On Friday, Rome celebrated it’s 2,770th birthday! The official founding date of Rome is April 21st, 753 B.C. All weekend there were historical re-enactments culminating in a huge parade reminding me that the Roman people truly cherish and take pride in the rich history of the city they call home.
The Most Brief History of Rome You’ll Ever Read
Legend has it that twins, Romulus and Remus, were raised by a she-wolf. Eventually Romulus killed his brother and became the founder which is why we call the city Rome, not Reme.
Romulus became the first of the seven kings of Rome. However, the people weren’t happy with the monarchy (a preference that would come back to haunt Juilus Caesar later) and decided make a change. Fun way to remember a nice Jeopardy worthy trivia fact – the the last king Tarquinius Superbus, who was driven out of Rome.
Then came the Roman Republic [510-23 B.C.] where the ruling class, the Patricians, were the elite, wealthy, men of Rome. Every year the senate elected two consuls to lead them. Rome then began to wage war and expand its territory. One of the most notable, the Punic Wars, included three wars between Rome and Carthage, involved elephants, and ultimately resulted in Rome destroying Carthage and expanding into North Africa.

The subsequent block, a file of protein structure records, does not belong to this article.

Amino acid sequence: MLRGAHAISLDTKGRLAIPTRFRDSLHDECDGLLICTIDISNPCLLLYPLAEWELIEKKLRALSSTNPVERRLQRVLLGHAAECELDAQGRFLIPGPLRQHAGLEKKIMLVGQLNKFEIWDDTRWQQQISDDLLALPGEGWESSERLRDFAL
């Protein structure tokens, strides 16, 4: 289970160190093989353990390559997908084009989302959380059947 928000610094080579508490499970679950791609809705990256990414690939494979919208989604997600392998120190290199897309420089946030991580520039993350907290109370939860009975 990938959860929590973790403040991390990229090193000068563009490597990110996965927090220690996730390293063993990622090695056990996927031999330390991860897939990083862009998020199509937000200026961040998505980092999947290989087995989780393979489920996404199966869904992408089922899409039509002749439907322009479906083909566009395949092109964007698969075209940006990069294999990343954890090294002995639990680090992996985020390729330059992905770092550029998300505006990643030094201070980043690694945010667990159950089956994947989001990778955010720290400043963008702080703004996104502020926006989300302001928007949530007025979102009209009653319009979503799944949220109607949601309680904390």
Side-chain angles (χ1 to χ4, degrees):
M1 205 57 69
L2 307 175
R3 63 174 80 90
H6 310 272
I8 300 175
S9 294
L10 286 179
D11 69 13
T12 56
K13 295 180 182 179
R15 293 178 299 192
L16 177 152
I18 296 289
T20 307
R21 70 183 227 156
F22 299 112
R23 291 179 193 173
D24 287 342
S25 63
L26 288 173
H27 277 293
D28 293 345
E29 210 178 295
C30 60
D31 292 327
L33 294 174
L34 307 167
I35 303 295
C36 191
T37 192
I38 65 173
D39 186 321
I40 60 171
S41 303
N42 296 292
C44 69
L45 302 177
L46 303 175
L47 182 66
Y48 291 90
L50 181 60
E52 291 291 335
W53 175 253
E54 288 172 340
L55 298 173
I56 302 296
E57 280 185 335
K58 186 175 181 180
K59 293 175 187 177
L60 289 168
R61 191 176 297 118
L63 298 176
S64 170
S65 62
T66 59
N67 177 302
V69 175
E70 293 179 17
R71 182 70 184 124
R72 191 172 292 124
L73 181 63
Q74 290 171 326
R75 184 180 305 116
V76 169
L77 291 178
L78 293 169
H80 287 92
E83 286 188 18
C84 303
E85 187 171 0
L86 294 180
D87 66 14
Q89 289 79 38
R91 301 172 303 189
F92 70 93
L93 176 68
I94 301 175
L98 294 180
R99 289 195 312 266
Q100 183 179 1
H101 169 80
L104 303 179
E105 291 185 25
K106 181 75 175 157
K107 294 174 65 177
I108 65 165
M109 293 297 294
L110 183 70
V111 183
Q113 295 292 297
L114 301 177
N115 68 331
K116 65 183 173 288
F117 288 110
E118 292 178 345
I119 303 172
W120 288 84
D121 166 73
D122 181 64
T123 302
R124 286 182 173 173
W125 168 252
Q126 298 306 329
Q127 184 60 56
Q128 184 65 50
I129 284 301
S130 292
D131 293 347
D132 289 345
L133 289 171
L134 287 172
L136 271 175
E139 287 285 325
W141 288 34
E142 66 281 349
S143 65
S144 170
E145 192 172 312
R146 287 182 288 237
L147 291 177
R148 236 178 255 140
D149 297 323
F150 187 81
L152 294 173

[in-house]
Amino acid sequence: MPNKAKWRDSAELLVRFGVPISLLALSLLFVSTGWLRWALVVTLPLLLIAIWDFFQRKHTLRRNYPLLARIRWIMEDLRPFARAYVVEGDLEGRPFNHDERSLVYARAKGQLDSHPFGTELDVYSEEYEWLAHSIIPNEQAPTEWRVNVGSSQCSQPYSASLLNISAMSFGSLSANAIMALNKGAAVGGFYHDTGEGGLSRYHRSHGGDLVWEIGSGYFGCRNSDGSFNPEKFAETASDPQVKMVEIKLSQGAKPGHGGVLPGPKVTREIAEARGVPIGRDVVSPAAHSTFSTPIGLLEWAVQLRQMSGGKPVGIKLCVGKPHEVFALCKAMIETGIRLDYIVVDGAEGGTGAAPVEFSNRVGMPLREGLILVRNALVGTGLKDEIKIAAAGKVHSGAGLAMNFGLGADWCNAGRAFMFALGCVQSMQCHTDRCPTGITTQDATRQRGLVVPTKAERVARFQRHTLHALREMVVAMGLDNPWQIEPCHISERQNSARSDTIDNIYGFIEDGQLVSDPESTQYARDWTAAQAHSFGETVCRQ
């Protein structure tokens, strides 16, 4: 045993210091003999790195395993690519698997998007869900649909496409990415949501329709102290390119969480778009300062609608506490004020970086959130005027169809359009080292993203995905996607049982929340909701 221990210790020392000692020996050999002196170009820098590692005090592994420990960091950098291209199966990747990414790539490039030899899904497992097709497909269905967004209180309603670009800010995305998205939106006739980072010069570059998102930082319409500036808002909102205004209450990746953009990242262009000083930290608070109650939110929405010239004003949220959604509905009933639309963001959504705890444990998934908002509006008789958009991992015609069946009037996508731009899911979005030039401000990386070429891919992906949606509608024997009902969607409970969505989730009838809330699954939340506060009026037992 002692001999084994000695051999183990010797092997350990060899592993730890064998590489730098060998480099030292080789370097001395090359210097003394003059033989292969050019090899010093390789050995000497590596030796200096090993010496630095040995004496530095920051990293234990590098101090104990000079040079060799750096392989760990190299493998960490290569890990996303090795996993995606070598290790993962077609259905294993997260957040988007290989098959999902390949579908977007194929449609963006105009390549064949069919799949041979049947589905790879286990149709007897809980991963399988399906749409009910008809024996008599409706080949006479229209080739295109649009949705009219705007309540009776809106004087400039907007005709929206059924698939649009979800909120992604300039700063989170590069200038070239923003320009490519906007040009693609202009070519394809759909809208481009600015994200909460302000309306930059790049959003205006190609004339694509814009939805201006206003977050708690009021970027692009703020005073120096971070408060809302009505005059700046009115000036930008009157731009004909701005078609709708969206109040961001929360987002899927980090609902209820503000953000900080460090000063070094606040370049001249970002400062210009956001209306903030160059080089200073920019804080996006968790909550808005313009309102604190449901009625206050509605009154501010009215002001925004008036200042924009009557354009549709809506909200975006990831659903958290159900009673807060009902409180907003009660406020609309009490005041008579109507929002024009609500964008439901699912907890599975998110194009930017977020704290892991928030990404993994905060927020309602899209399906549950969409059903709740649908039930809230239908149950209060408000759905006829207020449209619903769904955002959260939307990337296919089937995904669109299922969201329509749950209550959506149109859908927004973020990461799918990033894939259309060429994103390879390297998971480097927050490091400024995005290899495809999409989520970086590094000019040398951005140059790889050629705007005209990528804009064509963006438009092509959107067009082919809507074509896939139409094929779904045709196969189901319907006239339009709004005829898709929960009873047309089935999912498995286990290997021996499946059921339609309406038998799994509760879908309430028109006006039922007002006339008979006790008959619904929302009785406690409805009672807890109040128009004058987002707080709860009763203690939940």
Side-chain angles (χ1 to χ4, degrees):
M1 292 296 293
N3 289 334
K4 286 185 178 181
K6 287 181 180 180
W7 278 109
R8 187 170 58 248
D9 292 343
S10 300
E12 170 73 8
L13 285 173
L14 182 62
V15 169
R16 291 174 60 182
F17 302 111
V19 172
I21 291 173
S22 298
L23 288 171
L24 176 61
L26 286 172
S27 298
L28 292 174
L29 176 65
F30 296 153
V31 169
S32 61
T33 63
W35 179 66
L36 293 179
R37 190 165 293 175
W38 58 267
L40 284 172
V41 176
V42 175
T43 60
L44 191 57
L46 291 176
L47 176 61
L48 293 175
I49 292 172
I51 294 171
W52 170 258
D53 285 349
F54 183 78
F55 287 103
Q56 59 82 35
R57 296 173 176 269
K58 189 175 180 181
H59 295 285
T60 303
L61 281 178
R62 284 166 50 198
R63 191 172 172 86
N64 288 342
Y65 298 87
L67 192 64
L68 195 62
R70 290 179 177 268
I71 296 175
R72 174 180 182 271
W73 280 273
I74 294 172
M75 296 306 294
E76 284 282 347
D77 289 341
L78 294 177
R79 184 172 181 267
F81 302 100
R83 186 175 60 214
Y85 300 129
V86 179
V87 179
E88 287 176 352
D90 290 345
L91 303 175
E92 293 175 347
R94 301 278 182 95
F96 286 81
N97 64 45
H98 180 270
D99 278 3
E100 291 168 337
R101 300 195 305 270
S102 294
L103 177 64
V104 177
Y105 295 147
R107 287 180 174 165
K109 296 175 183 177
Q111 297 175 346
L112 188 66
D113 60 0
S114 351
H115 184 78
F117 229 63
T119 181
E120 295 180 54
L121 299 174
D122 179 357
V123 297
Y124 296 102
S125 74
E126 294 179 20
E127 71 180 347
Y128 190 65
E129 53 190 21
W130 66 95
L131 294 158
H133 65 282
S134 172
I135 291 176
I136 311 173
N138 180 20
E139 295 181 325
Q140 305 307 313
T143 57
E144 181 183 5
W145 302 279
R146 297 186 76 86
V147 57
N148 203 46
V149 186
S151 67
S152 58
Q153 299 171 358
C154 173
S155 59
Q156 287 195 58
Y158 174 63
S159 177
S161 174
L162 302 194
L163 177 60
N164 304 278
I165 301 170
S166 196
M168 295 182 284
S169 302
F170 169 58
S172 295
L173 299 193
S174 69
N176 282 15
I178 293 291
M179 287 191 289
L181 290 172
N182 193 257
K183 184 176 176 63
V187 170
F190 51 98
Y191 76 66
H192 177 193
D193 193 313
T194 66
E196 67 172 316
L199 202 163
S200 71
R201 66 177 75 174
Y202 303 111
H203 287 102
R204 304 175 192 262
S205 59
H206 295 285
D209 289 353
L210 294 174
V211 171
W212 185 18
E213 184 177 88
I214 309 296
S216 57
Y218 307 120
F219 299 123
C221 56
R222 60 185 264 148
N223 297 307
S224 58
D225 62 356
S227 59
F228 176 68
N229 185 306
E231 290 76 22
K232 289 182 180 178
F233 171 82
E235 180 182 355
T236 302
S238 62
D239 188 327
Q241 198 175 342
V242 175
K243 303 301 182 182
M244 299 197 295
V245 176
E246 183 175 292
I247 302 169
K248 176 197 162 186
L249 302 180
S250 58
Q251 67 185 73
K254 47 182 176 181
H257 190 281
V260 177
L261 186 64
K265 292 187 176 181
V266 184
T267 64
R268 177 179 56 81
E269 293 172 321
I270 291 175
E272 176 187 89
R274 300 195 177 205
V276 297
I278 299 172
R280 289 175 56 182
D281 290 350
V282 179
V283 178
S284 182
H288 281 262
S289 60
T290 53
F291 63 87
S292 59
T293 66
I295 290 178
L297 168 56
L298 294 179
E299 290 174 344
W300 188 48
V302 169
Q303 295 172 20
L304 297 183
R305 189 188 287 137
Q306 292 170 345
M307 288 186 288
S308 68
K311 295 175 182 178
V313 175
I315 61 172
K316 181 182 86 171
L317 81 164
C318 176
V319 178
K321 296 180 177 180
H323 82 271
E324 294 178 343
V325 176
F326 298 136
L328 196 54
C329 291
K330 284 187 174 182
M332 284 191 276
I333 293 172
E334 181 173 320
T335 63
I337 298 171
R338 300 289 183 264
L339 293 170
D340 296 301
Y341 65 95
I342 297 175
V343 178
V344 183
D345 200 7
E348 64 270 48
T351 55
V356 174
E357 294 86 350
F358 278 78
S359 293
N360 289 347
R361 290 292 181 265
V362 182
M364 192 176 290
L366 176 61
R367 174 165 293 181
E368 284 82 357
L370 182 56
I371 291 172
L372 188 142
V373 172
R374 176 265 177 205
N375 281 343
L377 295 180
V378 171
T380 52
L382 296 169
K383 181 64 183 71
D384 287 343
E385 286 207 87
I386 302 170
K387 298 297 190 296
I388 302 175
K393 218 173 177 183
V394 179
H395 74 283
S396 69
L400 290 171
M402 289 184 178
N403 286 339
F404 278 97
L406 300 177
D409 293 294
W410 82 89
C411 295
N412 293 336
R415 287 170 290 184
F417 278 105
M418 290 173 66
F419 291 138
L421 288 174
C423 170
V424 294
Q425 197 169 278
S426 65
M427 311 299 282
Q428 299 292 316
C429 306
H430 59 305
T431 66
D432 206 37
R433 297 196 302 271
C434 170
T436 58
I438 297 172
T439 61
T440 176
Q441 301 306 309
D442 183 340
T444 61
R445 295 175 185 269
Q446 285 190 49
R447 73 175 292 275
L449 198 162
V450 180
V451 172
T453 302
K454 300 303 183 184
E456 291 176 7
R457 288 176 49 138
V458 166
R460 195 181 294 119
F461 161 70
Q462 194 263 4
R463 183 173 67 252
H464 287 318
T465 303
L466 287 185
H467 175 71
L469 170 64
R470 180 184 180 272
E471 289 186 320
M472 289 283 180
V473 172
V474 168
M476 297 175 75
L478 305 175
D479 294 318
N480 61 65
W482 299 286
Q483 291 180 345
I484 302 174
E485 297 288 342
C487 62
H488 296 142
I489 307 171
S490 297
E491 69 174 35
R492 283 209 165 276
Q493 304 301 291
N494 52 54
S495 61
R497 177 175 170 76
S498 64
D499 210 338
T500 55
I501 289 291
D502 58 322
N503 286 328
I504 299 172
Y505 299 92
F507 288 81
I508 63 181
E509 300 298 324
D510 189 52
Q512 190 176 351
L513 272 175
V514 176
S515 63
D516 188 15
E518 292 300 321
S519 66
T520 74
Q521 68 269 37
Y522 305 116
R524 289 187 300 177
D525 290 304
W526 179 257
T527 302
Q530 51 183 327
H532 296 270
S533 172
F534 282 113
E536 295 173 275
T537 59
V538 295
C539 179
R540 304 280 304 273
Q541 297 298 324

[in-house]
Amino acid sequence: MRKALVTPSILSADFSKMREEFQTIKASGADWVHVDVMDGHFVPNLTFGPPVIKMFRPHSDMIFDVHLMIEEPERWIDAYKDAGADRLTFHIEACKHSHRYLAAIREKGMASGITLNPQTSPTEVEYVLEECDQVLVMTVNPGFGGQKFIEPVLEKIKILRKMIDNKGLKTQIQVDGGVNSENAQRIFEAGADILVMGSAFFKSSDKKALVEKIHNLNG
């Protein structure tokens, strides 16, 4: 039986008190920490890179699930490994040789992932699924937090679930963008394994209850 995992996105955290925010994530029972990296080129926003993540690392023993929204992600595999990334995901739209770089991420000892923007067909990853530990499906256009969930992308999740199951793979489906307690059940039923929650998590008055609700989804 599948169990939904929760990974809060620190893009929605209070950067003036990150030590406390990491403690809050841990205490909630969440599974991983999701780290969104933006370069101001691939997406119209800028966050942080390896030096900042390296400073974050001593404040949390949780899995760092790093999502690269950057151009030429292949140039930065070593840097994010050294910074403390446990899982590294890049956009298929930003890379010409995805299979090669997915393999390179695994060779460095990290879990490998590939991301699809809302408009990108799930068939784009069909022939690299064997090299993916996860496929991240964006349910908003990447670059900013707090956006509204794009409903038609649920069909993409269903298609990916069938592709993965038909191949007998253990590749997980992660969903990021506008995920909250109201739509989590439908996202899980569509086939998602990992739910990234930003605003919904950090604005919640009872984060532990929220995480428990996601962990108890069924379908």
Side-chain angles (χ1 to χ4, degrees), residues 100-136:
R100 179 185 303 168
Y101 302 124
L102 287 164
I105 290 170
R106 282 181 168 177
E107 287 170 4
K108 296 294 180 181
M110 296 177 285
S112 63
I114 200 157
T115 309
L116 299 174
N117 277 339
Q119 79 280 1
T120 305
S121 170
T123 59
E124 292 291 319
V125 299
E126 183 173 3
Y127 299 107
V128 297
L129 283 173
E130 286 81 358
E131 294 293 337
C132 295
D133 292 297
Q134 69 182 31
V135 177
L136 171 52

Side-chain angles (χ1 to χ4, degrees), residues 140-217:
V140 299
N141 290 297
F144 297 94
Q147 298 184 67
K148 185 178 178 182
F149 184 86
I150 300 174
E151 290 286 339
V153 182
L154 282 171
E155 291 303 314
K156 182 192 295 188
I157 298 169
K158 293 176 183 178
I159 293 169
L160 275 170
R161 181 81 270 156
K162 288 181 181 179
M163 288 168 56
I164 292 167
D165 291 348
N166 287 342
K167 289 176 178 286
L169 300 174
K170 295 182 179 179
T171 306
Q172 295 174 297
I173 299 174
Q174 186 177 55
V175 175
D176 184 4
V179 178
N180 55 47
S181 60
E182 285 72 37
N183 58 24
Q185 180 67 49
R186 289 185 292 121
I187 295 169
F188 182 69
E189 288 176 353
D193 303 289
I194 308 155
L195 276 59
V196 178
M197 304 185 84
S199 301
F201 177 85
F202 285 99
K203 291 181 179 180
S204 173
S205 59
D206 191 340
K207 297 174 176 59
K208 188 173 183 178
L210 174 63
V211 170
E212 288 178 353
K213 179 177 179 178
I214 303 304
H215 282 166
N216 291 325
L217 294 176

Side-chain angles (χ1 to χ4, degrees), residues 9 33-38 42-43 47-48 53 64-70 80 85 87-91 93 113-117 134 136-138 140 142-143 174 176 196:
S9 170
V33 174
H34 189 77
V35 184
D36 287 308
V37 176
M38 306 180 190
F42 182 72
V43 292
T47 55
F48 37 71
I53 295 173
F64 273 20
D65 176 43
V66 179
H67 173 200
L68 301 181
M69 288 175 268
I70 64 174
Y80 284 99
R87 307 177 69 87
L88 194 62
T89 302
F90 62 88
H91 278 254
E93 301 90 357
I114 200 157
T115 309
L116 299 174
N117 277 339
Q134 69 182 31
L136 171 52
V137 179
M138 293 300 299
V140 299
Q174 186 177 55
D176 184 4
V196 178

Occasionally the senate would appoint an emergency dictator who held imperium, complete power, until the issue, usually a war, was resolved. Best example of someone weilding imperium: Cincinnatus. Worst example: Julius Caesar, who declared himself dictator for life which was too close to a king for the people’s liking. A group of senators plotted together and just totally stabbed Caesar 33 times during a senate meeting, and effectively sped up the transition from the Republic into the one man rule of the Empire that the senate was trying to avoid in the first place.
Augustus, Caesar’s adopted heir, avenged his predecessor’s murder and eased his way into becoming the first emperor of Rome. From then on, until around the 5th century B.C, the Roman Empire stood under the rule of emperors.
And there you have an incredibly brief, basic overview of Ancient Rome.
Natale di Roma
So, yesterday I got to go to a parade! It started at the Circus Maximus, the race track of ancient Rome. At one end of the track dozens of legions of Roman soldiers, groups of gladiators, preiestesses, and Vestal Virgins were lined up. Two commentators were speaking which probably really added to the experience, but my limited Italian vocabulary meant I understood numbers, happy birthday, and random words here and there.
Before the parade, the standard bearer of every legion lit a torch in a ceremony with the Vestal Virgins. The Vestal Virgins were a group of female priestesses who were in charge of tending the eternal flame of Rome. If the flame went out, bad things would happen. So, the flame was an important symbol and superstition in ancient Rome.
After the opening ceremony, the parade began. There were dancing priestesses, soldiers showing off their testudo battle formation, and emperors with their wives.
Overall, it was a fun weekend in Rome with so much to see and remind you of how important the long history of this city is to its people.
Thanks for reading,